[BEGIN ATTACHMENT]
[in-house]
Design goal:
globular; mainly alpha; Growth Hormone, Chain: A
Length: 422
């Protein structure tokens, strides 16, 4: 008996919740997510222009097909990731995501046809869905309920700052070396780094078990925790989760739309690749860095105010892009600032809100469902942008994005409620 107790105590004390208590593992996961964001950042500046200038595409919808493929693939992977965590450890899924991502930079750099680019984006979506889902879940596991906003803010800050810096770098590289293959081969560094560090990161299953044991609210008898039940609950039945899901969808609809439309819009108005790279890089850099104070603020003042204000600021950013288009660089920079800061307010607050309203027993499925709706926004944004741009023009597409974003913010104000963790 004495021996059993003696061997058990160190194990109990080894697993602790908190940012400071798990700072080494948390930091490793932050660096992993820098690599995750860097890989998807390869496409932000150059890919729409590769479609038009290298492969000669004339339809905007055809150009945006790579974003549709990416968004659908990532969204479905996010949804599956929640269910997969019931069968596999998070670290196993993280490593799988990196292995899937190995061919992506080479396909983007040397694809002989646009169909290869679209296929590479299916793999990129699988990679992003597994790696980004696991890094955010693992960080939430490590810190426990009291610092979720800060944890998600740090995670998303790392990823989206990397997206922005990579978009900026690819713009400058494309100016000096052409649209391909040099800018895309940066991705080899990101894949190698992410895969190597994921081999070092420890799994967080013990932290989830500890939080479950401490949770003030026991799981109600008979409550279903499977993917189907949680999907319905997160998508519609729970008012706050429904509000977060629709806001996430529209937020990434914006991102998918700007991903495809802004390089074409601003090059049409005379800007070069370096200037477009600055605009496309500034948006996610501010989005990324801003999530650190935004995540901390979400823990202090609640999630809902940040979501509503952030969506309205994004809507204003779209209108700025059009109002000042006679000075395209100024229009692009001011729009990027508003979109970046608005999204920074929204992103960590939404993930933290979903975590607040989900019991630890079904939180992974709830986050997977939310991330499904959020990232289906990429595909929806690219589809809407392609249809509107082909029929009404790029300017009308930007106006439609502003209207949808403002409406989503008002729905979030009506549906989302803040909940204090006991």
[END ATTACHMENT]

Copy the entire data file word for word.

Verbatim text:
[in-house]
Design goal:
globular; mainly alpha; Growth Hormone, Chain: A
Length: 422
């Protein structure tokens, strides 16, 4: 008996919740997510222009097909990731995501046809869905309920700052070396780094078990925790989760739309690749860095105010892009600032809100469902942008994005409620 107790105590004390208590593992996961964001950042500046200038595409919808493929693939992977965590450890899924991502930079750099680019984006979506889902879940596991906003803010800050810096770098590289293959081969560094560090990161299953044991609210008898039940609950039945899901969808609809439309819009108005790279890089850099104070603020003042204000600021950013288009660089920079800061307010607050309203027993499925709706926004944004741009023009597409974003913010104000963790 004495021996059993003696061997058990160190194990109990080894697993602790908190940012400071798990700072080494948390930091490793932050660096992993820098690599995750860097890989998807390869496409932000150059890919729409590769479609038009290298492969000669004339339809905007055809150009945006790579974003549709990416968004659908990532969204479905996010949804599956929640269910997969019931069968596999998070670290196993993280490593799988990196292995899937190995061919992506080479396909983007040397694809002989646009169909290869679209296929590479299916793999990129699988990679992003597994790696980004696991890094955010693992960080939430490590810190426990009291610092979720800060944890998600740090995670998303790392990823989206990397997206922005990579978009900026690819713009400058494309100016000096052409649209391909040099800018895309940066991705080899990101894949190698992410895969190597994921081999070092420890799994967080013990932290989830500890939080479950401490949770003030026991799981109600008979409550279903499977993917189907949680999907319905997160998508519609729970008012706050429904509000977060629709806001996430529209937020990434914006991102998918700007991903495809802004390089074409601003090059049409005379800007070069370096200037477009600055605009496309500034948006996610501010989005990324801003999530650190935004995540901390979400823990202090609640999630809902940040979501509503952030969506309205994004809507204003779209209108700025059009109002000042006679000075395209100024229009692009001011729009990027508003979109970046608005999204920074929204992103960590939404993930933290979903975590607040989900019991630890079904939180992974709830986050997977939310991330499904959020990232289906990429595909929806690219589809809407392609249809509107082909029929009404790029300017009308930007106006439609502003209207949808403002409406989503008002729905979030009506549906989302803040909940204090006991």